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Updated 16 April 2013

How to grow vegetables without a garden

There is absolutely no need to feel despondent about growing your own veggies if you don't own a garden as there are some easy and practical solutions to get around this.

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There is absolutely no need to feel despondent about growing your own vegetables if you don’t own a garden as there are some easy and practical solutions to get around this. Christian Astl of Faithful to Nature shows you how:

1. Use a good container planting mix. Any commercial potting mix will be compromised of mostly organic matter, which will help it hold more air and water, plus it is lighter so won't put so much pressure on your balcony or the post you are using. The stuff you find in a vacant lot will definitely not be adequate. Clay soil will also not provide enough air spaces and sandy soil will not hold enough water.

2. Be sure the containers you use are deep enough for the crops you plan to grow. Too shallow a pot will stunt the plants and this is particularly important when you will be eating the fruits your plant bares. Given adequate depth, often the best containers for salad crops like lettuce or carrots are wider than tall, so you can have more plants, while tomatoes, peppers or herbs are often grown one to a pot. I am growing strawberries and have found the yogurt tubs are just high enough.

For example:

– In a container 12 – 20 cm deep:

Leaf lettuce, arugula, mizuna, mesclun, baby pak choi, beets, short or round carrots, green onions, radishes, dwarf cherry tomatoes, cilantro, chives, chervil.

– In a container 25 to 40 cm deep:

Mustard greens, gai lan, Swiss chard, short carrots, bush beans, bush peas, small-fruited mild or chili peppers, patio-type tomato varieties, strawberries, potatoes, garlic, basil, oregano, marjoram, parsley, chives, rau ram (Vietnamese coriander), mint.

– In a container 35 to 50 cm deep:

Tall peas (shelling, snow, or snap), pole beans, squash, full-sized tomato varieties, broccoli, collards, kale, full-sized mild or chili peppers, cucumbers, African blue basil.

– In a container 50 to 70 cm deep:

Full-sized tomatoes (especially indeterminate, or tall ones).

3. Plan ahead. So for ease of watering, make sure your pots and trays are near a water source. Plants in containers need water more often than ones in the ground. You could perhaps use a watering hose attached to an indoor sink.

4. Provide drainage holes in containers. This is really important for plants in pots. The best thing to do is to drill holes in the pots and then to put the containers up on small wooden blocks or bricks in trays. I have heard mixed reports about putting stones at the bottom of containers that don’t have holes, but bigger pieces of broken clays pots do definitely provide better drainage in a pot that does not have holes.

5. Place containers where they will get adequate sunlight. Those raised for their roots, such as carrots, beets and radishes, will tolerate partial shade, as will leafy vegetables. Crops grown for their fruits commonly require at least five hours of full, direct sunlight every day, but perform better with eight to ten hours. The root vegetables can stand more shade than those which bear fruit, such as cucumbers, peppers, tomatoes and eggplants.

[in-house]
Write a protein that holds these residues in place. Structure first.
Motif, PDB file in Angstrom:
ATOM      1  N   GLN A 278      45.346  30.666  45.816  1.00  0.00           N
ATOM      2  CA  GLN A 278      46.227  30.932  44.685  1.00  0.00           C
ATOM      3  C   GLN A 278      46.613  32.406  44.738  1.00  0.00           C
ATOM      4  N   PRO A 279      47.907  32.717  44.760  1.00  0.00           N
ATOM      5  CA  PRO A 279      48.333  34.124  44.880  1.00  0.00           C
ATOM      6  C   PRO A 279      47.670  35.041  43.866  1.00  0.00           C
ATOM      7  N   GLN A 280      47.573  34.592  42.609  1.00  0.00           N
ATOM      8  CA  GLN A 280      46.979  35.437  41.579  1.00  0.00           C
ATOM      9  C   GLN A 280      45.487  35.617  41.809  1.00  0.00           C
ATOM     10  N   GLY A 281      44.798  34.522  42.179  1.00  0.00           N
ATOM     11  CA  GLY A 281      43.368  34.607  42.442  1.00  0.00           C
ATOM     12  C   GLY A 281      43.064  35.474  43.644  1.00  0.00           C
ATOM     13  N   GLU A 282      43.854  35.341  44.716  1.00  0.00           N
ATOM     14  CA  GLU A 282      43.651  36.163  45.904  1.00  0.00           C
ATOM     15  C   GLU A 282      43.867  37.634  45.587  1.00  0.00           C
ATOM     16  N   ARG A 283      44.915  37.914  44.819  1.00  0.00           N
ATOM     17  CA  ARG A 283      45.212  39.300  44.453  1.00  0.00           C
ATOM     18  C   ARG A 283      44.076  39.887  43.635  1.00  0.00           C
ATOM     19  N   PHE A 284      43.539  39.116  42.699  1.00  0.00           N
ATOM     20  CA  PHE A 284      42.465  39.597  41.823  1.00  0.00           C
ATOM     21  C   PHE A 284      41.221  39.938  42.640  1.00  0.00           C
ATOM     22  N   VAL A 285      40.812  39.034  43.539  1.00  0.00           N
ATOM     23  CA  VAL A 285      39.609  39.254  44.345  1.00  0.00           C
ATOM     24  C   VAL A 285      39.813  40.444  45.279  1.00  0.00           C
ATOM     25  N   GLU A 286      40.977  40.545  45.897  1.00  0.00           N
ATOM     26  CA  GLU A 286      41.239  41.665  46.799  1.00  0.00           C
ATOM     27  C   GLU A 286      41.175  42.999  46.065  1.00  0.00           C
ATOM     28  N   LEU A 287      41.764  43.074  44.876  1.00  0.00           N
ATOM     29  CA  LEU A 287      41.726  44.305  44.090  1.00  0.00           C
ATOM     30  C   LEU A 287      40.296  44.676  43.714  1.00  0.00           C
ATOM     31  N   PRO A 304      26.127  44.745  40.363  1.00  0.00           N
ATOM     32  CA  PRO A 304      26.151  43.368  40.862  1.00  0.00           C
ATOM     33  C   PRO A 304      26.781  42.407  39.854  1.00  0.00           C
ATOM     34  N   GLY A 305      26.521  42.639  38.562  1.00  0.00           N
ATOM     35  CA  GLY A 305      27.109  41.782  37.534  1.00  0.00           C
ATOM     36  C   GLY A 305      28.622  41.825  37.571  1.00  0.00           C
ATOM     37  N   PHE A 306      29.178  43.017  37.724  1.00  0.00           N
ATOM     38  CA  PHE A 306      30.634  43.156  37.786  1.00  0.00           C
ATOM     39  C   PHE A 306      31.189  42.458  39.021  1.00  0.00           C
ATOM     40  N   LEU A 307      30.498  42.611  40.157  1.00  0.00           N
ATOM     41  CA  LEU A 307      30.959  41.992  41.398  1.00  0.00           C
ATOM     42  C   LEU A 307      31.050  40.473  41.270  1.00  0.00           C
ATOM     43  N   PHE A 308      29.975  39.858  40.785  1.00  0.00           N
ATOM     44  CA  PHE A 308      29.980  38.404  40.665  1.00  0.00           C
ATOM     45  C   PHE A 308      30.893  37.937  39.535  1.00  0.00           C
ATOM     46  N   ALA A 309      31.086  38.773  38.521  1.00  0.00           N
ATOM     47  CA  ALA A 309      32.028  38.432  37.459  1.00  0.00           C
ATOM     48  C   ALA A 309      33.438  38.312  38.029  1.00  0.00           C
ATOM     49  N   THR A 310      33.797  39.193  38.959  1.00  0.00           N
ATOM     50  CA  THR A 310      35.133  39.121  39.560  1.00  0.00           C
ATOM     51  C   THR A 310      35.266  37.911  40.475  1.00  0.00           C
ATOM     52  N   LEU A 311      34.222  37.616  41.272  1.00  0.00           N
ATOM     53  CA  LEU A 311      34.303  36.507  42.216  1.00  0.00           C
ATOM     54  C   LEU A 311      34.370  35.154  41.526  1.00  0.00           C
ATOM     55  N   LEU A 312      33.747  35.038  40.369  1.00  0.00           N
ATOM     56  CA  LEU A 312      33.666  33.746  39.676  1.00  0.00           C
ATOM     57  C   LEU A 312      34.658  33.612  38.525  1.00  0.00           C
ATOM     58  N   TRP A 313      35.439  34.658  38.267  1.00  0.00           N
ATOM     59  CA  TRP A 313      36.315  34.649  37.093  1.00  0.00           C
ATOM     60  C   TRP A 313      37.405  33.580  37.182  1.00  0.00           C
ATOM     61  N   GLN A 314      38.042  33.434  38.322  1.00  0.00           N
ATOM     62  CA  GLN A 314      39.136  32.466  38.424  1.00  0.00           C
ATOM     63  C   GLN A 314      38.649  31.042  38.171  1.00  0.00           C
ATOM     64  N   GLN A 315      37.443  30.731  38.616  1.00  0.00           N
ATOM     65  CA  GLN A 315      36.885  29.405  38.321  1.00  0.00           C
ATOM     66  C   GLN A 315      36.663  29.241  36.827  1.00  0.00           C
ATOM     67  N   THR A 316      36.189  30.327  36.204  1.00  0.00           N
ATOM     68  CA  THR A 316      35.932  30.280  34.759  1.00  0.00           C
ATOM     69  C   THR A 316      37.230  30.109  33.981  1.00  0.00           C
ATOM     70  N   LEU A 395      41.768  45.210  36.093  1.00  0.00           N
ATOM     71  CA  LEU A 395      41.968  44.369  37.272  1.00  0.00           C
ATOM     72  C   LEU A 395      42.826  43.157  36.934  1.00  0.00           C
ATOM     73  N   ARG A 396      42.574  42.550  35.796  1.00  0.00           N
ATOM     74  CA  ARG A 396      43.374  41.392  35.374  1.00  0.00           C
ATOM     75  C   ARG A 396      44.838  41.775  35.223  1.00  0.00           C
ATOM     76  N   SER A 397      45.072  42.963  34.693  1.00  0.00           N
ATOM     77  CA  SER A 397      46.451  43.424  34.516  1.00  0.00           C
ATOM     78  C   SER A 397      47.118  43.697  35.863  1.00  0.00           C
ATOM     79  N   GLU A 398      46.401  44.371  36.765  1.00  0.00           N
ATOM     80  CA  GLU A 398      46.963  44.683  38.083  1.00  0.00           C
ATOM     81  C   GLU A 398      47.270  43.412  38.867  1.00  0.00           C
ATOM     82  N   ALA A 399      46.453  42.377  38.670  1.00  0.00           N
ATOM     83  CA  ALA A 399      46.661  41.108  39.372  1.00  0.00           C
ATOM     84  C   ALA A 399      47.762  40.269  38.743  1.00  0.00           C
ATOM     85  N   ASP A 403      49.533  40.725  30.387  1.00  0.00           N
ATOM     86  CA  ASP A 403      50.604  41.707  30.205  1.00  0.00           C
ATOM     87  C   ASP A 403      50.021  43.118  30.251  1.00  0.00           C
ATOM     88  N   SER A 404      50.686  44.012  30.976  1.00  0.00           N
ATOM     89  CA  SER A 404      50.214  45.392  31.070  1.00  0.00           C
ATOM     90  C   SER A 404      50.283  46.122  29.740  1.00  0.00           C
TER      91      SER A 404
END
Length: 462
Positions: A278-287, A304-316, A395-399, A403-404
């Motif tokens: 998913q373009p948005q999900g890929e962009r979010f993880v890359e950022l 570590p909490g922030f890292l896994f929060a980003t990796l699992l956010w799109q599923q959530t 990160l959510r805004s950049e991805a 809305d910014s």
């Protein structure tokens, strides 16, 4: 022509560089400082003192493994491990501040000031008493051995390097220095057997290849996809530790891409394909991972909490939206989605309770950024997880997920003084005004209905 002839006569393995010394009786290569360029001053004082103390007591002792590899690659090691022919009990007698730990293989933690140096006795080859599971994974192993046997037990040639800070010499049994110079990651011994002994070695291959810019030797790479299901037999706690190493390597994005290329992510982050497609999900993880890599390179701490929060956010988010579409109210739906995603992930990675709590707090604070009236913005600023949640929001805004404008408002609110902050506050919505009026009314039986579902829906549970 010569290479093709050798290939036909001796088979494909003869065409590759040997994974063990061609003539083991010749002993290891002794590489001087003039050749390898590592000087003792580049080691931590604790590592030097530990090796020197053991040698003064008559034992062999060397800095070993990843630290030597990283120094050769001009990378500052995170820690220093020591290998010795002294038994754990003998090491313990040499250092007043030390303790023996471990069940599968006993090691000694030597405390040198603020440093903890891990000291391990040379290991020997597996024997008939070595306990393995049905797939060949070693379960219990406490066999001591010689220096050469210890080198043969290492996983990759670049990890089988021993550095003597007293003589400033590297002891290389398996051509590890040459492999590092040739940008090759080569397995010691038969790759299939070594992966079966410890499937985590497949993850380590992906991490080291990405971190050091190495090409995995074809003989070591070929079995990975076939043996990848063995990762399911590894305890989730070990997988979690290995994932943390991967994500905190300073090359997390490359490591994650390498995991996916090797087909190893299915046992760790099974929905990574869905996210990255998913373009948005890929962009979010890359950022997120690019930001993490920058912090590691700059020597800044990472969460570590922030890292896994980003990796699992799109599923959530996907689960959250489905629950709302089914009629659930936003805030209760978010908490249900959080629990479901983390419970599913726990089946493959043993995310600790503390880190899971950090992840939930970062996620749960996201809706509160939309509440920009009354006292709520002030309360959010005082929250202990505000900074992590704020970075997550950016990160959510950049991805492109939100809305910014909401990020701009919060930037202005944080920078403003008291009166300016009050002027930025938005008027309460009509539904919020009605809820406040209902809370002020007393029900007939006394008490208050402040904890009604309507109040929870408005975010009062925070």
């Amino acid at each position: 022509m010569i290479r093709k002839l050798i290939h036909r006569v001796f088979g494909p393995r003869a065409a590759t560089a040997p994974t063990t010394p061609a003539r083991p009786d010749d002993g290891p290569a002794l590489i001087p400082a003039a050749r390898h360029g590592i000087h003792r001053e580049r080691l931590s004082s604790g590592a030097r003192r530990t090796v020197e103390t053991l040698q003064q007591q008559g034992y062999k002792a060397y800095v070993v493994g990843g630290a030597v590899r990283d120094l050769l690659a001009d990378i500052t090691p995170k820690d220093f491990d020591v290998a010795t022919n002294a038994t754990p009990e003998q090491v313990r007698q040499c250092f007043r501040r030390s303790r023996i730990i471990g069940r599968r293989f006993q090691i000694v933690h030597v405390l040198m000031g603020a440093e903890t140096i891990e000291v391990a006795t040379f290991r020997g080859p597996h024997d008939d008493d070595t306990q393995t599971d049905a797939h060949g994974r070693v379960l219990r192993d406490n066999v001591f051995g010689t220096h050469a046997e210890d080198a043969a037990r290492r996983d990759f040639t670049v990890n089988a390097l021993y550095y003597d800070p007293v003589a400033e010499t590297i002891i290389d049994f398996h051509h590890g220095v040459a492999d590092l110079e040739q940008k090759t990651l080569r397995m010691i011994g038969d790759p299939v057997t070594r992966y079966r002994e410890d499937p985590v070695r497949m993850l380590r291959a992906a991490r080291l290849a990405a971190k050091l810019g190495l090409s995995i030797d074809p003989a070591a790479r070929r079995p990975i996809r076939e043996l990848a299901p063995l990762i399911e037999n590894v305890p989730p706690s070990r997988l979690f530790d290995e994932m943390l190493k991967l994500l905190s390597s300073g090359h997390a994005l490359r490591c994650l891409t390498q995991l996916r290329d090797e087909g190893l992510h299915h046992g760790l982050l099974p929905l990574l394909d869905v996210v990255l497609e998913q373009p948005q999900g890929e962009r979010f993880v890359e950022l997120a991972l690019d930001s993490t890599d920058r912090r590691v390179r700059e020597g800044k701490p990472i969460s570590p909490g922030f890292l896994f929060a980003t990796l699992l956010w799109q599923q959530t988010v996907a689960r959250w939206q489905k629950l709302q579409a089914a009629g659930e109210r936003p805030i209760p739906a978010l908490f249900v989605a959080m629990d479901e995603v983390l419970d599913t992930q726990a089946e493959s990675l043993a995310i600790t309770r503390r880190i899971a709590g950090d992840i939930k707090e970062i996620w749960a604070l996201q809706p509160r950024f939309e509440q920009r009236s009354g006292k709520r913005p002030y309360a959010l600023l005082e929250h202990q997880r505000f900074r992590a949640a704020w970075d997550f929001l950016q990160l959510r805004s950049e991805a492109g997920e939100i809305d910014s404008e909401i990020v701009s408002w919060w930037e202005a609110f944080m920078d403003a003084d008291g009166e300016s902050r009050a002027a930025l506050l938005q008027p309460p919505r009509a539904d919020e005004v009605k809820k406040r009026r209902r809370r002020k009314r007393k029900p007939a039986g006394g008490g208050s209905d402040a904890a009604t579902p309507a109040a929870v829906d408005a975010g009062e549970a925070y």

6. Avoid spots that are too windy. Roofs may get plenty of sun, but remember that a sea breeze will be stronger at roof level.

7. Know your fertiliser. Purchased potting mix comes with some fertiliser already in it, but vegetables have high fertility needs and will use it up rather quickly. If you have a worm bin, you can dig in 1/2 to 1 inch of worm compost before you plant, or use a purchased organic or slow-release fertiliser as the package directs. If plants are growing slowly, or lack good leaf colour, chances are that they lack water rather than fertility, but if you are watering regularly and they still aren’t thriving, water weekly with a liquid fertiliser such as fish emulsion, diluted according to package directions. Be weary of killing the plants with too much organic fertiliser though!

The easiest way to add fertiliser to plants raising in containers is by preparing a nutrient solution and pouring it over the soil mix. If you use an organic fertiliser at planting time, supplement it with weekly applications of fish emulsion or apply dry organic fertiliser according to package directions. Tomatoes like regular feedings of small amounts of fertiliser rather than infrequent, large doses.

Did you know?

It works really well to grow potatoes in tyres. You only need about three tyres but from what I have read many people go as high as six. Plant the seed potatoes in the first tyre. Mix compost with dirt as soon as the plants are about 20cm high. Once the vine protrudes through the soil you are able to add more tyres and more soil. You can go as high as you would like to.

The one trick here is not to cover the vine totally but to always leave a few leaves sticking out. If you do cover it, the vine will begin to rot and you will lose your spuds. It’s time to harvest your potatoes when the vine begins to brown and die down. Then you can start pulling the stack apart (i.e. removing tyres as you need to harvest) and gleaning your fresh potatoes.

Visit the Faithful to Nature blog to learn more about natural and organic alternatives.

(Photo of tomatoes and vegetable seedlings from Shutterstock)

 
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